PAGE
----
"Should We Be Worried About a Peanut Allergy Epidemic?" - Kimberly Truong
According to the American College of Allergy, Asthma, and Immunology, peanut allergies are on the rise, more than tripling between 1997 and 2008. That’s made the often deadly allergy one of the most common food allergies out there, affecting an estimated 2.5 percent of children in the United States. There are a couple of theories for the rise in peanut allergies. Scott Sicherer, MD, director of the Jaffe Food Allergy Institute at the Icahn School of Medicine at Mount Sinai, points to the “hygiene hypothesis,” or the idea that humans are a lot “cleaner” now than we were generations ago – fewer of us are living on farms and being exposed to livestock, we use antibacterial soap frequently, and our homes and streets aren’t littered with garbage and sewage. All of that makes for a better life, but that can come at the cost of our immune systems. “Our immune system was designed to fight germs – with fewer germs the immune system can get misdirected and attack innocent proteins, like food,” Dr. Sicherer said.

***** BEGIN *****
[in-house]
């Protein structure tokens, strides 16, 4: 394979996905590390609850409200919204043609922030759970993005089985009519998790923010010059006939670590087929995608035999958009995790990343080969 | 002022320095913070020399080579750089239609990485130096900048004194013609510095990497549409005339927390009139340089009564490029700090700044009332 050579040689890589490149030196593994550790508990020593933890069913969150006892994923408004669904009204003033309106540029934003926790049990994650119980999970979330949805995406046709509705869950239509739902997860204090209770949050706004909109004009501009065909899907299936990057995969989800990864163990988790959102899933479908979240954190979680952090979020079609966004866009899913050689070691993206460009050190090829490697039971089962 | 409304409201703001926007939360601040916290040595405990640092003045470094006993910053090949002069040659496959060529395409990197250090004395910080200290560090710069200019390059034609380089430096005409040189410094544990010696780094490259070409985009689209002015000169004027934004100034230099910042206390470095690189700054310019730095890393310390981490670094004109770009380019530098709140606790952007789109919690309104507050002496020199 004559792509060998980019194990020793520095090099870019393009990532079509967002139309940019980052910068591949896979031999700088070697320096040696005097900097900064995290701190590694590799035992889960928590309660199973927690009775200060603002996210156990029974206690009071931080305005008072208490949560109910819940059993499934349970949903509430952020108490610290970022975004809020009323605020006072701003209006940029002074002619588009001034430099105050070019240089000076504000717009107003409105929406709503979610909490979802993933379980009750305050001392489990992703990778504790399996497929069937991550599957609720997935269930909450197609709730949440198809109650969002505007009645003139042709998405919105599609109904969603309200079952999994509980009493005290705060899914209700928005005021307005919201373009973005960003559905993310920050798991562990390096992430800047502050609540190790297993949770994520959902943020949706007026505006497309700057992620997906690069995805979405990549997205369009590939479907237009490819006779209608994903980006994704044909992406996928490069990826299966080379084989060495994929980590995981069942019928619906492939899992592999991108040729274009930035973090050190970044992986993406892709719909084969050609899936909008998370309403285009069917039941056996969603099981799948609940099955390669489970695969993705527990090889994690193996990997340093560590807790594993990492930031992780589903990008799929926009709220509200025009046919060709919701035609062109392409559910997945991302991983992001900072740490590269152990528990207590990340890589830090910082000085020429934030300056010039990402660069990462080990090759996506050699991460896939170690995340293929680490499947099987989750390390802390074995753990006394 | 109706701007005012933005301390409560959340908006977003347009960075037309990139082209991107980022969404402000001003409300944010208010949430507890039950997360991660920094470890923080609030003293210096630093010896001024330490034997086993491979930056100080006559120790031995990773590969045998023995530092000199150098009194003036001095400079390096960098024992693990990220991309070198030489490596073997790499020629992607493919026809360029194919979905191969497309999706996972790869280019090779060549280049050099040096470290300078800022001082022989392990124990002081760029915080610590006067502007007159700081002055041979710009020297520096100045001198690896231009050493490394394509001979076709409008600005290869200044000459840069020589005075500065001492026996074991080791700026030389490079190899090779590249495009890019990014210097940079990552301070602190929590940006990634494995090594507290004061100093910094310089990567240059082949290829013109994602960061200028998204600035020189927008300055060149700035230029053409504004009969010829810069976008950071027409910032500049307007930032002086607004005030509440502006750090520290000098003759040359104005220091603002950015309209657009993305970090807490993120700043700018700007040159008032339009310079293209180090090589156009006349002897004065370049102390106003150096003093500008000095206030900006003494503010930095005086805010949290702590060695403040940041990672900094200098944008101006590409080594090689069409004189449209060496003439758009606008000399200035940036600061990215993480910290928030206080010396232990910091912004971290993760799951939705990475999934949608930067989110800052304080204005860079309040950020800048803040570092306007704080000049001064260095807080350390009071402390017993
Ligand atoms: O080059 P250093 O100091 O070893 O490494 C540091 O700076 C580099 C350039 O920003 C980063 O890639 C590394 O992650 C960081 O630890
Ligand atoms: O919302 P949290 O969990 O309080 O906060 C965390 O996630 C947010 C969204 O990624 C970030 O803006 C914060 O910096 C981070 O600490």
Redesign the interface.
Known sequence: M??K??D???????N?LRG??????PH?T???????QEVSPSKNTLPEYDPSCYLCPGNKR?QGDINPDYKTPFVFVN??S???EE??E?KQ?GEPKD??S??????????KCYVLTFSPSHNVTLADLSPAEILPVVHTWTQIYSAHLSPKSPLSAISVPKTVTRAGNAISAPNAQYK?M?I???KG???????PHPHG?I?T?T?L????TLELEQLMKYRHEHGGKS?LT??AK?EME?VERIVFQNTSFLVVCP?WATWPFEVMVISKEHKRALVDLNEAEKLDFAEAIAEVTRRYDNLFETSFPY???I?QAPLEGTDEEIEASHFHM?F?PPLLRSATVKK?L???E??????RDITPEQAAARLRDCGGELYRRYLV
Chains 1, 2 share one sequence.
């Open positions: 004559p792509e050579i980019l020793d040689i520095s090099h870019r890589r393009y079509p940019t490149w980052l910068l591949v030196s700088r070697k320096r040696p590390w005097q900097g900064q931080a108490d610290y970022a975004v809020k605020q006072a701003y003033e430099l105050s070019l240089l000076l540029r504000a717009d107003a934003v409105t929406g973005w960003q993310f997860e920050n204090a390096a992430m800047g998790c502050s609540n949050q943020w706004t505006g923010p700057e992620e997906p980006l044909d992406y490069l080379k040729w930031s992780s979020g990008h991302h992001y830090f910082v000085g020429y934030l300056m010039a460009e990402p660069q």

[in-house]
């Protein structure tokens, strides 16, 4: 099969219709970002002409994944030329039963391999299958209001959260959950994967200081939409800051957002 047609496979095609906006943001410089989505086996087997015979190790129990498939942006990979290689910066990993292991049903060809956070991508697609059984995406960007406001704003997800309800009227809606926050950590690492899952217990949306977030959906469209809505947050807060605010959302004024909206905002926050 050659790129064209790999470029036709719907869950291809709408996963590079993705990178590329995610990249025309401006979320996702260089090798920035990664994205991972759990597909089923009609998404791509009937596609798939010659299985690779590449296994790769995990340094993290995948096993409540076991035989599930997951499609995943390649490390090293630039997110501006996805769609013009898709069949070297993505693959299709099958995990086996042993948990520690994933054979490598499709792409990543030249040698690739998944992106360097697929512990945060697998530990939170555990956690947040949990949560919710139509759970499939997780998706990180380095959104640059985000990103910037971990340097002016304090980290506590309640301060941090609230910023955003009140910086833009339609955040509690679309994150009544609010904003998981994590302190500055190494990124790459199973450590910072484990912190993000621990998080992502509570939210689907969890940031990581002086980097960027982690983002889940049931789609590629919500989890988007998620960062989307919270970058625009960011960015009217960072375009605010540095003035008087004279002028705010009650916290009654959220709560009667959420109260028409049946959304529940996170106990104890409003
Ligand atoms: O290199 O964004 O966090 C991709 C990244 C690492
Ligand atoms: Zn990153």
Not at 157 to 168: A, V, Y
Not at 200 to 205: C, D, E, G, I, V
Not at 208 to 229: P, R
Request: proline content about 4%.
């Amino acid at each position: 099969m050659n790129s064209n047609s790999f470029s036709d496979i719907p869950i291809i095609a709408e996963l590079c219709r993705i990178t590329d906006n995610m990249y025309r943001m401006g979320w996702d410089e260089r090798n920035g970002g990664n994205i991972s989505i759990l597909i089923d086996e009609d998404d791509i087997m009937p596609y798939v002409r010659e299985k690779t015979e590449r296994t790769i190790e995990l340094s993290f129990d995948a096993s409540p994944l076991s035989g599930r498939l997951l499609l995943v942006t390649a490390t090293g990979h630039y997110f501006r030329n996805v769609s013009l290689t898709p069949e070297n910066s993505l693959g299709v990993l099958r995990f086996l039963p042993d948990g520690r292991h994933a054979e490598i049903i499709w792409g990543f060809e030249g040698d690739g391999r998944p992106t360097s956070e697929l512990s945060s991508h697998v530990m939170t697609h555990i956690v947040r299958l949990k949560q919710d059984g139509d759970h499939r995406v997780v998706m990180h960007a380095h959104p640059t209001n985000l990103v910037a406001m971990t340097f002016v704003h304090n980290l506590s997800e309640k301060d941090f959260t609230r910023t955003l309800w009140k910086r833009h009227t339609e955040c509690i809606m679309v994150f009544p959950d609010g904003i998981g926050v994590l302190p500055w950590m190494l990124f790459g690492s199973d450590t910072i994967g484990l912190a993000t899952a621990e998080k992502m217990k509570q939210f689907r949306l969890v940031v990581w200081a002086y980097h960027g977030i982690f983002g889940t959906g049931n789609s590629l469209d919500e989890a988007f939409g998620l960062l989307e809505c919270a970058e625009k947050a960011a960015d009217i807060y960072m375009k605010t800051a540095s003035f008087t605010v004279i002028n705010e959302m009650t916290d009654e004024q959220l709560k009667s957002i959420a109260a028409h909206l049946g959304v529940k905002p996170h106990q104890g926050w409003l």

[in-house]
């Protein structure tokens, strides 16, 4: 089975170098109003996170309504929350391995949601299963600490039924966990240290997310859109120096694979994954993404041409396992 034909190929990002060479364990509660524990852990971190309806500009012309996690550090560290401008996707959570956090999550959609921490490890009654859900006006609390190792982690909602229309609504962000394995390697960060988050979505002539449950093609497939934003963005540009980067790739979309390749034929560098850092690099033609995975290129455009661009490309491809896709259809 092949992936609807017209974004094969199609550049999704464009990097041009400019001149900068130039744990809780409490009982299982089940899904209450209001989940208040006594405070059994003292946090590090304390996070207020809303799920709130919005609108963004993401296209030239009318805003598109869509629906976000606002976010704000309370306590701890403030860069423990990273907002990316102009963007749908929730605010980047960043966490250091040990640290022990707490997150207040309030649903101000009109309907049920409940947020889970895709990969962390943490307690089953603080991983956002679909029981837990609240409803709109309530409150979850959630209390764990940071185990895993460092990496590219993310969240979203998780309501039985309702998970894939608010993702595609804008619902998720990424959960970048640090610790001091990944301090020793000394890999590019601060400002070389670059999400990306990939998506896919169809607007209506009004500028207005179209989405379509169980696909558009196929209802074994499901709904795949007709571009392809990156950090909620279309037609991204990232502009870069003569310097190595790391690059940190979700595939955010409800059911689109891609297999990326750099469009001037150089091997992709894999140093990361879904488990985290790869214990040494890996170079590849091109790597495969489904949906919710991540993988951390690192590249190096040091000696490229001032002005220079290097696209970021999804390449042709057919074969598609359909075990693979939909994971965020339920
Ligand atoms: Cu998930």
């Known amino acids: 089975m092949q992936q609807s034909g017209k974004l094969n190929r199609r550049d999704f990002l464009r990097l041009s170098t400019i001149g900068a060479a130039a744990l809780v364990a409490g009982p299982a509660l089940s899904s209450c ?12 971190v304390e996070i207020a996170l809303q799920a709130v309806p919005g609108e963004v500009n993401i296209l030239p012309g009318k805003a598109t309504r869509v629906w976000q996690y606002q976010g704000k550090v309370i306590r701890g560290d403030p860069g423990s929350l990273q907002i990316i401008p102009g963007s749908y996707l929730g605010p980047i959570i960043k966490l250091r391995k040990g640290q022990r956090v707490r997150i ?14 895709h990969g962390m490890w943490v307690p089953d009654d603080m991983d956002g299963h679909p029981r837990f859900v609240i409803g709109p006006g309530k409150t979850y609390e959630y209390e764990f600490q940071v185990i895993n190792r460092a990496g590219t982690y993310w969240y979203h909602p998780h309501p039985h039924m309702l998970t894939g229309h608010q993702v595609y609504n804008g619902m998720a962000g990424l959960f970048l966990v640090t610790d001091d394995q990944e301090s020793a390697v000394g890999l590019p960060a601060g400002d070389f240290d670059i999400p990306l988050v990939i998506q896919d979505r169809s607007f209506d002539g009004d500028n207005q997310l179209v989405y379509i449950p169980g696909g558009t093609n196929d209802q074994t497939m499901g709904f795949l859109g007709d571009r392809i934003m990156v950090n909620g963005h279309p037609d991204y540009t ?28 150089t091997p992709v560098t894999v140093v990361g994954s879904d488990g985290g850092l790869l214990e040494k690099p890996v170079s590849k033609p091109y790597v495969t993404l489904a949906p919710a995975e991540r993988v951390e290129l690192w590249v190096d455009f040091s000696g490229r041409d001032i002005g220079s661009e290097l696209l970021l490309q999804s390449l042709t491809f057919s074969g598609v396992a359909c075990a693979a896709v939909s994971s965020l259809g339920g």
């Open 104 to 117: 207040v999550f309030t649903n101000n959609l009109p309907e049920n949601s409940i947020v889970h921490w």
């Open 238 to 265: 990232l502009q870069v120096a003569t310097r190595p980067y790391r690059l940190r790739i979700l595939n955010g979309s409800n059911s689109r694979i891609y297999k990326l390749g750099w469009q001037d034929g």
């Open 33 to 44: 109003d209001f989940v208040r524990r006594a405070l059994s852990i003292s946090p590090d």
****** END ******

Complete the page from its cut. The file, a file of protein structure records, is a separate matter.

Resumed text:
— Scott Sicherer, MD, Professor, Pediatrics, Allergy and Immunology, Chief, Division of Allergy and Immunology, Jaffe Food Allergy Institute, Icahn School of Medicine at Mount Sinai